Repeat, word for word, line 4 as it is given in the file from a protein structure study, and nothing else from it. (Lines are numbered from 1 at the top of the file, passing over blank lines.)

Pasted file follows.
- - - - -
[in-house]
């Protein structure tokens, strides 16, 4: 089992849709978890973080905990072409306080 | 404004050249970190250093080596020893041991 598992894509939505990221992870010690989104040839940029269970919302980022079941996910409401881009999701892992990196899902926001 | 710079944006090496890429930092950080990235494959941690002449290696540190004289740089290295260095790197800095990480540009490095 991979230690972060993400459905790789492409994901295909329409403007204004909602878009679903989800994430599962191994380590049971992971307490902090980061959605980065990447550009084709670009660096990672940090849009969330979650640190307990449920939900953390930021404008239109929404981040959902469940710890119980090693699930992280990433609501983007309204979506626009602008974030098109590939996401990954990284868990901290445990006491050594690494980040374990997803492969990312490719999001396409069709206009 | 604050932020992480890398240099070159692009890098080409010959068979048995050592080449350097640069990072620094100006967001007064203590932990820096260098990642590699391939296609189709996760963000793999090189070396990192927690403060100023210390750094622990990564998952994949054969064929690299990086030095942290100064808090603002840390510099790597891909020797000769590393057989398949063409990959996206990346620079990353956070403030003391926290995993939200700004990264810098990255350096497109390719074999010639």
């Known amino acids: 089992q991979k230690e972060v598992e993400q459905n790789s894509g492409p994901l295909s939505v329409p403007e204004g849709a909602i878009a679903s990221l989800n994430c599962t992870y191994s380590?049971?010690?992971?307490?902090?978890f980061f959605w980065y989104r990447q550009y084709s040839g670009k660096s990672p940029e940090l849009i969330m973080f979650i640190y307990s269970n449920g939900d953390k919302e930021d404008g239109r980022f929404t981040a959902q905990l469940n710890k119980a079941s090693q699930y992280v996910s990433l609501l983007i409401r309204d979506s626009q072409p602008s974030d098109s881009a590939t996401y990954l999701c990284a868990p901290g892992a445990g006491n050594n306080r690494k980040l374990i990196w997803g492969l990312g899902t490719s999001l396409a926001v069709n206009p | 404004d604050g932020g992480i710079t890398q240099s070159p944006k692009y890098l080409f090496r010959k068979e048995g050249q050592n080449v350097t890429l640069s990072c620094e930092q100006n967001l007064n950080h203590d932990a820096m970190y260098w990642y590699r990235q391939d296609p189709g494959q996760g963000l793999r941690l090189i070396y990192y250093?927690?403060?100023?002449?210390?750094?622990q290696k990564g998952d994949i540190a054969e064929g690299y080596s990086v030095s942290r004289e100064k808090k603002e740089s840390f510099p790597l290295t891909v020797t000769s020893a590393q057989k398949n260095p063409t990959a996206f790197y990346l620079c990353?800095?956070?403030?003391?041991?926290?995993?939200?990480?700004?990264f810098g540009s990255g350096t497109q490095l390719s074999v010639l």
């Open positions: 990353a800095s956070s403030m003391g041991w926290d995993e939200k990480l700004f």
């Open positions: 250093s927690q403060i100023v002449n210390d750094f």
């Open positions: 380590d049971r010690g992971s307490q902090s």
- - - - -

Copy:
């Open positions: 990353a800095s956070s403030m003391g041991w926290d995993e939200k990480l700004f």